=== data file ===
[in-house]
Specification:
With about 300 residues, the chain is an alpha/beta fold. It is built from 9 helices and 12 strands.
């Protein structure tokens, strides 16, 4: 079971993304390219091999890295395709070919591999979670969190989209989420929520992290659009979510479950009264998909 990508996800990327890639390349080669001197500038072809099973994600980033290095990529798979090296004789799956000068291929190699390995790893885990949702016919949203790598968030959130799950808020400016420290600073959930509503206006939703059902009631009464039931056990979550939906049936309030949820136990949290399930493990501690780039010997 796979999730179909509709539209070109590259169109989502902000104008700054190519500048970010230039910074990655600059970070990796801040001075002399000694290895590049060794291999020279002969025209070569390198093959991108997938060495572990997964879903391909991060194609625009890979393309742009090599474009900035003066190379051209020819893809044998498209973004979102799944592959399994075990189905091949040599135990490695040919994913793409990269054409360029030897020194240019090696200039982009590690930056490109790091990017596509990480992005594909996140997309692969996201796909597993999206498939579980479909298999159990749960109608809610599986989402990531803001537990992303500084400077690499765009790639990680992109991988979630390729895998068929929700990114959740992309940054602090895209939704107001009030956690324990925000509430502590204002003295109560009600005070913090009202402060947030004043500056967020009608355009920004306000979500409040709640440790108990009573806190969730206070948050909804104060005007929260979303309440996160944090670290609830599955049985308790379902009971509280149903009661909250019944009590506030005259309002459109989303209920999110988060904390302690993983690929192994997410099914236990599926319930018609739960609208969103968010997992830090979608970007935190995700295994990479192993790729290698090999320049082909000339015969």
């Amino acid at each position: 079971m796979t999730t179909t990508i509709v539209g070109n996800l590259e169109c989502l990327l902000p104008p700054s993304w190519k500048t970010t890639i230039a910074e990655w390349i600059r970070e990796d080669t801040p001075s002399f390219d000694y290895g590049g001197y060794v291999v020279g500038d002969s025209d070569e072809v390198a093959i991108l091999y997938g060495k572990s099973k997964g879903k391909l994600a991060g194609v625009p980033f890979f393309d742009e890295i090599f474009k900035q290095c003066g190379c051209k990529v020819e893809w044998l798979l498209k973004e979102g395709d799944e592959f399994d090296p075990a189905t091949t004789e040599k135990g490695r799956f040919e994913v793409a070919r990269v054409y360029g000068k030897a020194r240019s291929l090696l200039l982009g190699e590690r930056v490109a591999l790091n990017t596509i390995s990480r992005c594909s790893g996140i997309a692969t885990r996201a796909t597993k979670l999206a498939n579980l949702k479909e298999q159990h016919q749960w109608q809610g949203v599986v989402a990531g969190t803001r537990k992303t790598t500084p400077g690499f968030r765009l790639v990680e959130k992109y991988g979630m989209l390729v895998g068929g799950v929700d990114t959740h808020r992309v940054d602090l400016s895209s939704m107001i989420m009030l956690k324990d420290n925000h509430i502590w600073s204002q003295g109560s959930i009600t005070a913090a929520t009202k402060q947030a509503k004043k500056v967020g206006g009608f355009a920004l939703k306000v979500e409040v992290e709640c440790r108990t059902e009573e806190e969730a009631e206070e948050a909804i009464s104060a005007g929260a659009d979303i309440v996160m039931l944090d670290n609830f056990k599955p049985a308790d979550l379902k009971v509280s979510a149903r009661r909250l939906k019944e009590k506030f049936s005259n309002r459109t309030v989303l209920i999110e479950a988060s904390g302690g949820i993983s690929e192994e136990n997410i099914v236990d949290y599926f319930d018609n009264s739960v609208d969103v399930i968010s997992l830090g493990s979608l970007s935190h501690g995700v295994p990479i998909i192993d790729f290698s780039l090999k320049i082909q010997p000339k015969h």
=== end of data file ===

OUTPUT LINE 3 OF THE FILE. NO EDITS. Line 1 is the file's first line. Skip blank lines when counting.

With about 300 residues, the chain is an alpha/beta fold. It is built from 9 helices and 12 strands.